Refugee crisis: latest news from across Europe 1.9.16


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  EU: Commission: Relocation from Greece and Italy (30.8.16, pdf):


- 1,020 relocations from Italy out of 39,600
- 3,435 relocations from Greece out of 66,400

- Overall: 12,990 relocation places made available out of 160,000 from 24 EU Member States

 Denmark seals gate to immigrants as numbers hit new low (Daily Sabah, link):

"As part of plans to make the country even less attractive to newcomers at a time when asylum numbers and overall immigration are already down, the Danish government released its 2025 Plan to introduce more restrictions on border controls. According to the plan, the Danish police would be able to reject asylum seekers at the borders in times of crisis like in 2015 when thousands of migrants sought to enter the country."

 Greece: Stranded migrants stage protests outside camps (, link):

"Migrants are staging demonstrations at four sites around Greece, to protest delays in asylum procedures promised under a European Union agreement with Turkey.

Around 500 migrants chanting "open the borders" gathered Thursday in Greece's second largest city, Thessaloniki.

Protests were also held on the islands of Chios and Lesvos, while scores of migrants at a camp near Greece's border with Former Yugoslav Republic of Macedonia (FYROM) blocked the main highway linking the two countries for about 30 minutes."

 Turkish EU minister says no deal on migrants without visa-free travel (,, link)

"Turkey will not apply a readmission agreement with the European Union meant to stem the flow of illegal migrants if it does not get the visa-free travel to Europe it has been promised, its EU affairs minister Omer Celik said on Thursday."

 Jump In Arrivals To Greek Islands (News That Moves, link):

"More than 460 migrants and refugees crossed from Turkey to the Greek islands between August 29 and August 30, the highest number over 24 hours since April.

According to data from the Refugee Crisis Management Coordination Body, 462 persons arrived to the islands, including 176 on Lesvos, 128 on Kos, 86 on Chios, and 70 on Rhodes.

On August 29, 149 people arrived on Greek islands from Turkey, while 23 arrived on August 28.

The numbers may indicate a steady increase of arrivals from Turkey to Greece, despite the EU-Turkey deal. As of August 19, only 482 people have been returned from Greece to Turkey under the agreement.

Almost 1,500 migrants and refugees crossed from Turkey to Greece in June; more than 1,800 in July; more than 3,200 in August.

Including the new arrivals, more than 12,100 people are now waiting on the islands, where the capacity of overcrowded organised sites is 7,450."

 Are You Syrious (link)

Italy: 13.000 people arrived over four days

"More than 1,000 people arrived in Lampedusa, where the hotspot is beyond its capacity since it can accommodate only 480 people, the local media reports. Currently, there are 1,580 people in the hotspot. One thousand landed in Palermo and more than 600 in Cagliari. Altogether, 13,000 people arrived in Italy from North Africa in the last four days, mostly from Libya and Egypt.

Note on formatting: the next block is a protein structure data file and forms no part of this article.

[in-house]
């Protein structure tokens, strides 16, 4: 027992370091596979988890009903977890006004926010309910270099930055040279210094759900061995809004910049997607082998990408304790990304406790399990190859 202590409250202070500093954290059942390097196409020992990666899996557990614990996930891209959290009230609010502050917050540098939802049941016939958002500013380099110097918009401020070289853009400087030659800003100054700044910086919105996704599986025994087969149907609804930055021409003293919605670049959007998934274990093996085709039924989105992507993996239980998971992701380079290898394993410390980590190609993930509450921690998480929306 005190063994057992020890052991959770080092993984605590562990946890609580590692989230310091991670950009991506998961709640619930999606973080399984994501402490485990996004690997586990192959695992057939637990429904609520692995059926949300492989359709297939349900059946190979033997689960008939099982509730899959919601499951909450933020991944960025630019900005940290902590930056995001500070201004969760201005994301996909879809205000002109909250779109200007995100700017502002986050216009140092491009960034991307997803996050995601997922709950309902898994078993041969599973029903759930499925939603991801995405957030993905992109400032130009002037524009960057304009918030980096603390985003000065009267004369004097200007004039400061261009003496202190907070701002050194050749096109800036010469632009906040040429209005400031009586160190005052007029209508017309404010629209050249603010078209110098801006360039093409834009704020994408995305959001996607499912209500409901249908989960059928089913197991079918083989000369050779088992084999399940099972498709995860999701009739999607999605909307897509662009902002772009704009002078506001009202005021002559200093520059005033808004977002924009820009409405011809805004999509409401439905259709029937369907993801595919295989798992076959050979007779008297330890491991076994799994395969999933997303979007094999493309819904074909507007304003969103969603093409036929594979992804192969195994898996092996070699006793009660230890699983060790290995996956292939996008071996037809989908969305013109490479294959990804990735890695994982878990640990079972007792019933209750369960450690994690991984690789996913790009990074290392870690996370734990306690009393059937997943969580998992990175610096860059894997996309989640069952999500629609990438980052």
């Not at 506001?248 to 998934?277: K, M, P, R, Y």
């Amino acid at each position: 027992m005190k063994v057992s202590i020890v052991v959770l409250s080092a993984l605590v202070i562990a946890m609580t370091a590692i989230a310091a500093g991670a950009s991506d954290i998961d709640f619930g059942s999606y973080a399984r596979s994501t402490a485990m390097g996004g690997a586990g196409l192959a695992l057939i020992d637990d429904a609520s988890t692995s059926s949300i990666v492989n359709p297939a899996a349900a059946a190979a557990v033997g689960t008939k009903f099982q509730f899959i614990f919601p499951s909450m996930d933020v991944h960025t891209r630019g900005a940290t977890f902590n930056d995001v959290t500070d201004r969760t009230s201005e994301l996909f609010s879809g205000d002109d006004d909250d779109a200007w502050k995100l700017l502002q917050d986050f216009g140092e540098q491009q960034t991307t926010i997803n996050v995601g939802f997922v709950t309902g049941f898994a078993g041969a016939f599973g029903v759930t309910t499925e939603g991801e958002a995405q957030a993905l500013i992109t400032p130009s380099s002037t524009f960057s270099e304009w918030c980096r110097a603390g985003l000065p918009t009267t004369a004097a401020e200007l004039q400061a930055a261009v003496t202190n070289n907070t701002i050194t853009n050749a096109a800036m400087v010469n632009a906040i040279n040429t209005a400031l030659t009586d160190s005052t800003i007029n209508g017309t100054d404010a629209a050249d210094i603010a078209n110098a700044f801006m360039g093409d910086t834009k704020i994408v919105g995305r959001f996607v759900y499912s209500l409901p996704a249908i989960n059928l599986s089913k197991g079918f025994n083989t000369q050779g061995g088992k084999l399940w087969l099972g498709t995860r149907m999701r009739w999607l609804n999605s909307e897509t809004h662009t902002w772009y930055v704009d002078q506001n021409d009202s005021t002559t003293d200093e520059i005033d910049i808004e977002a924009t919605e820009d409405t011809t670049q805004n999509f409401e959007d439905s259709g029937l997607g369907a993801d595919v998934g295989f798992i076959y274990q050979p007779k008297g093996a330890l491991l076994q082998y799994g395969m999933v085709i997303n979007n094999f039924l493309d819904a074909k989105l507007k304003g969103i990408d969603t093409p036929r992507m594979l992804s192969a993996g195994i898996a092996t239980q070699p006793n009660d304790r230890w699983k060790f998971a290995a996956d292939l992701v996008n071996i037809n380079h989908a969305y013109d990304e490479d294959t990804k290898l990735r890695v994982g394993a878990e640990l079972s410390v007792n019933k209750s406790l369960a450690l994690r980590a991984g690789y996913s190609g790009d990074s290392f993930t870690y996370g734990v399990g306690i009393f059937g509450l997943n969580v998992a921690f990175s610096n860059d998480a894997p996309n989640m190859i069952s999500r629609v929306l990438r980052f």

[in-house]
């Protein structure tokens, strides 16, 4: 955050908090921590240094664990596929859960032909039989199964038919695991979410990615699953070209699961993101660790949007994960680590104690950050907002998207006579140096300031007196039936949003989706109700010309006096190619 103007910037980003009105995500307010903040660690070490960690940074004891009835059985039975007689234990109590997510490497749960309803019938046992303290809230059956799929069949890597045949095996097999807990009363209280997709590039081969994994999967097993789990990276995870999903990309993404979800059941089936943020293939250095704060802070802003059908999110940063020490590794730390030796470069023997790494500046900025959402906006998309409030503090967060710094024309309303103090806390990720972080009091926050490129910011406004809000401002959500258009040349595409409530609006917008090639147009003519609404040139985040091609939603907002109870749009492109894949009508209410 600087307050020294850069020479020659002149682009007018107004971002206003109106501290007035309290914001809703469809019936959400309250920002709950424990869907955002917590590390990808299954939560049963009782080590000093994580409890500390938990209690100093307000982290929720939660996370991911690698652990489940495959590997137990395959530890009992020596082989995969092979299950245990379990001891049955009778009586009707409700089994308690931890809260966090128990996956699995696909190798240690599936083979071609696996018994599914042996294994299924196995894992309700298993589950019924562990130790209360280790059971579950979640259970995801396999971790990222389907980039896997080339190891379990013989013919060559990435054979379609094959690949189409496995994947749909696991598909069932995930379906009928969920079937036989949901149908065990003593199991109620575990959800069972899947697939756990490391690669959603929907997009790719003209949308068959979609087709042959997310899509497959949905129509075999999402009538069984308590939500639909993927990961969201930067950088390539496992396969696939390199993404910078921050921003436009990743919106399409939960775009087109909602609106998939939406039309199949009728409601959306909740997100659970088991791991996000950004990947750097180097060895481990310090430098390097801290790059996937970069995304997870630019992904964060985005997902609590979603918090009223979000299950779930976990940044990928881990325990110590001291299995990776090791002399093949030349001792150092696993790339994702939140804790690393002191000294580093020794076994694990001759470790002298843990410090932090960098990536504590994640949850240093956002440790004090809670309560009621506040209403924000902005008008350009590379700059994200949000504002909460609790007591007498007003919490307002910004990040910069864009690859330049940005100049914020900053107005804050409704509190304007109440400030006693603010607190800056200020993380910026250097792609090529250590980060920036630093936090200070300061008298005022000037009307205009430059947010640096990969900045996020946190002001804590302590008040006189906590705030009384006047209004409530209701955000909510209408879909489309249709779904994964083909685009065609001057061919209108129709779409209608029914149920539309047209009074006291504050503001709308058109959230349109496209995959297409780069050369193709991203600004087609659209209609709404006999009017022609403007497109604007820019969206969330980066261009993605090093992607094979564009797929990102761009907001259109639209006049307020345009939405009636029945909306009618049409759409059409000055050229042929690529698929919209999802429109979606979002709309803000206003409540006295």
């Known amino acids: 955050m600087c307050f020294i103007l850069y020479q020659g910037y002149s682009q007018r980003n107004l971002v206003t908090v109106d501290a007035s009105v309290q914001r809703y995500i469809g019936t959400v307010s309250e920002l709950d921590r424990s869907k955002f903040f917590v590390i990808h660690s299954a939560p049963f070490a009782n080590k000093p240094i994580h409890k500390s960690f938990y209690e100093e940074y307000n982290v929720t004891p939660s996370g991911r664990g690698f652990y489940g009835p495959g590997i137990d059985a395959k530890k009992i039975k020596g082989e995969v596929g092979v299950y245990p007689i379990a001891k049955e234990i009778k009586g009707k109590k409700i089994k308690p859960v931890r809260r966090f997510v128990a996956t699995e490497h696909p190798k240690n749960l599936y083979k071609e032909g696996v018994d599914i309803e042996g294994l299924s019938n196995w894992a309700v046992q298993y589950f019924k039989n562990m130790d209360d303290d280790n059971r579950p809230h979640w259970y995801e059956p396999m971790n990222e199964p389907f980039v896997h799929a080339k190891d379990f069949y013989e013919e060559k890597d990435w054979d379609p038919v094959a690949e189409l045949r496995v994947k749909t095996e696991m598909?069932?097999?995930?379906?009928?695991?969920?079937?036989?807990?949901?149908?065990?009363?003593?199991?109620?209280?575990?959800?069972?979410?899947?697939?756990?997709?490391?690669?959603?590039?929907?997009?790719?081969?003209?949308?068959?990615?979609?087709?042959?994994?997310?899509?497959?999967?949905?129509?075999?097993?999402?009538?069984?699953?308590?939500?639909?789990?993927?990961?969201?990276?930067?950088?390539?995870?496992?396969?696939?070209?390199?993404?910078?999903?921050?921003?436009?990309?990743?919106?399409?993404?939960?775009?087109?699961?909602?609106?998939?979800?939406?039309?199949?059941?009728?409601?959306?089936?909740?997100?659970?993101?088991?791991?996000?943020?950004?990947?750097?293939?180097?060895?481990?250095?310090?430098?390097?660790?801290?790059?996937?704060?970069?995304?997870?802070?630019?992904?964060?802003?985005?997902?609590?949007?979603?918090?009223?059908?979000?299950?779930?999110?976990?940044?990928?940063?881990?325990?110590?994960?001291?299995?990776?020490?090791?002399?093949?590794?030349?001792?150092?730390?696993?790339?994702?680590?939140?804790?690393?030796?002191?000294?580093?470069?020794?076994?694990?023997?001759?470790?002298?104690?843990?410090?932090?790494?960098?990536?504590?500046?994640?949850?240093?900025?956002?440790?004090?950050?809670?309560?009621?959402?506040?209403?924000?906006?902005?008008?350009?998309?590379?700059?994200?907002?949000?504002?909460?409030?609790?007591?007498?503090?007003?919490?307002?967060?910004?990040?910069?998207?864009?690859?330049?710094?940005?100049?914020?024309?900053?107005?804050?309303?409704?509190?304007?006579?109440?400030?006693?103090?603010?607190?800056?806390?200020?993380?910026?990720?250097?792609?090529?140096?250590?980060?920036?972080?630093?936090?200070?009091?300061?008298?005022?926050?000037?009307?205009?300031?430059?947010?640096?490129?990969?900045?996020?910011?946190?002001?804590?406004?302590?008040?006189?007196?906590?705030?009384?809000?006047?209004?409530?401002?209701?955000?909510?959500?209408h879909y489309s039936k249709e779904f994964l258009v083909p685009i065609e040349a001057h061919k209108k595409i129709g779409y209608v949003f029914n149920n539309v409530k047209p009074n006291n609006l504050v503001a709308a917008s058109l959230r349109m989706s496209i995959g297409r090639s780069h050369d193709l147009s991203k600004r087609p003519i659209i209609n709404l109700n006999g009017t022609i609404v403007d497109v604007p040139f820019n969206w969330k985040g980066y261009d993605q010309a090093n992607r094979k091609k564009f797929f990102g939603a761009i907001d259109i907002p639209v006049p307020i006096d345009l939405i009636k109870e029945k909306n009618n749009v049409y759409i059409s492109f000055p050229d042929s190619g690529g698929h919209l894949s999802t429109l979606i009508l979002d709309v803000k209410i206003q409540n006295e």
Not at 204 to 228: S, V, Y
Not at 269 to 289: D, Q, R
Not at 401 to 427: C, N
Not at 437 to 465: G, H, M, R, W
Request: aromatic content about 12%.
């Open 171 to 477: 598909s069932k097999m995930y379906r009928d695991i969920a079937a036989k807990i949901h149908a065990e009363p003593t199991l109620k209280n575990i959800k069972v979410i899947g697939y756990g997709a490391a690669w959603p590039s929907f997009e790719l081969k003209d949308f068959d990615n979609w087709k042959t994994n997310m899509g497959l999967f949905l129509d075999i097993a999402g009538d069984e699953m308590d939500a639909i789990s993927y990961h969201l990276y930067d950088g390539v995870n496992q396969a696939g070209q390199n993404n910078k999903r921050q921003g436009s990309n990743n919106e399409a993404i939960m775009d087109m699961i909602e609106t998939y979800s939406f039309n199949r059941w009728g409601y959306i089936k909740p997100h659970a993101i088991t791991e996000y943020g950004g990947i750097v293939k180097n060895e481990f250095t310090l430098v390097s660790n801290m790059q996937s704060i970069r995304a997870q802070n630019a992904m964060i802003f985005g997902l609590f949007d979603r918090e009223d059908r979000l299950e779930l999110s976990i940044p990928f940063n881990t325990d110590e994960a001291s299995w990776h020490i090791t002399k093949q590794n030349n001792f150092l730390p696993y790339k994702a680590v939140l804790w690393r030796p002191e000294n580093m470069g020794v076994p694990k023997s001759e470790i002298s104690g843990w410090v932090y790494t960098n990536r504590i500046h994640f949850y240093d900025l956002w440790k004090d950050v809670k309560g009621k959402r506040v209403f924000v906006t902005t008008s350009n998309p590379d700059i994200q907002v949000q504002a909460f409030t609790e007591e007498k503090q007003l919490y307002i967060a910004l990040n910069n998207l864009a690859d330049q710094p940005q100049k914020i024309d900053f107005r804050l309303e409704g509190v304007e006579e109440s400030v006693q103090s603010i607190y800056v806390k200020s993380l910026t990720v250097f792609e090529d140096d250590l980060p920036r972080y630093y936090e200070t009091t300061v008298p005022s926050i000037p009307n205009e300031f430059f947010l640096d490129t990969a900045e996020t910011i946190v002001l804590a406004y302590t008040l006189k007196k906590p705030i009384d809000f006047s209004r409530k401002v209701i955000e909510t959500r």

On August 30th alone, 3,000 people arrived."

 Germany and Italy to step up repatriations of economic migrants (euractiv, link)

"Italian Prime Minister Matteo Renzi and German Chancellor Angela Merkel agreed Wednesday (1 September) to step up efforts to send migrants with no right to asylum in Europe back to their homelands....

“It is important that we make deals with the countries of origin,” Merkel said, giving the example of the deal struck between Italy, France and Germany and Mali and Niger to promote economic growth in the sub-Saharan countries."

See also: Merkel-Renzi: more migrant repatriations needed (DW, link):

"During talks in Italy, Chancellor Angela Merkel warned that failed asylum seekers will have to leave the country. Her Italian counterpart, Matteo Renzi, said there were limits to the EU's migrant policy."

 How NGOs took over migrant rescues in the Mediterranean (euobserver, link):

"The launch of Operation Triton in 2014 shifted the focus of EU efforts in the Southern Mediterranean from Search and Rescue (SAR) to border control. Several NGOs have since attempted to fill the gap left by the absence of large-scale humanitarian operations....

In late 2014, philanthropists Regina and Christopher Catrambone set up the Migrant Offshore Aid Station (MOAS), equipping a former fishing vessel with two drones and staffing it with former Maltese Navy personnel.

MOAS offered an example that has been imitated by other NGOs. In 2015, the Brussels and Barcelona branches of MSF developed their own SAR capabilities using their own vessels, the Bourbon Argos and Dignity I.

German NGO Sea-Watch also purchased a vessel to search for migrant boats in distress in 2015. In February 2016, SOS Mediterranee chartered a 77 metre ship to conduct operations in partnership with the Amsterdam branch of MSF.

The non-for-profit spin-off of the Spanish lifeguard company Pro-Activa and two other German NGOs – Sea-Eye and Jugend Rettet – also started rescuing migrants in the Central Mediterranean a few months later. The Dutch charity Refugee Boat Foundation and Save the Children are set to start SAR operations soon.

All these organisations usually conduct rescues between 20km and 50km off the coast of Libya upon authorisation of the Italian Maritime Rescue Coordination Centre (MRCC)."

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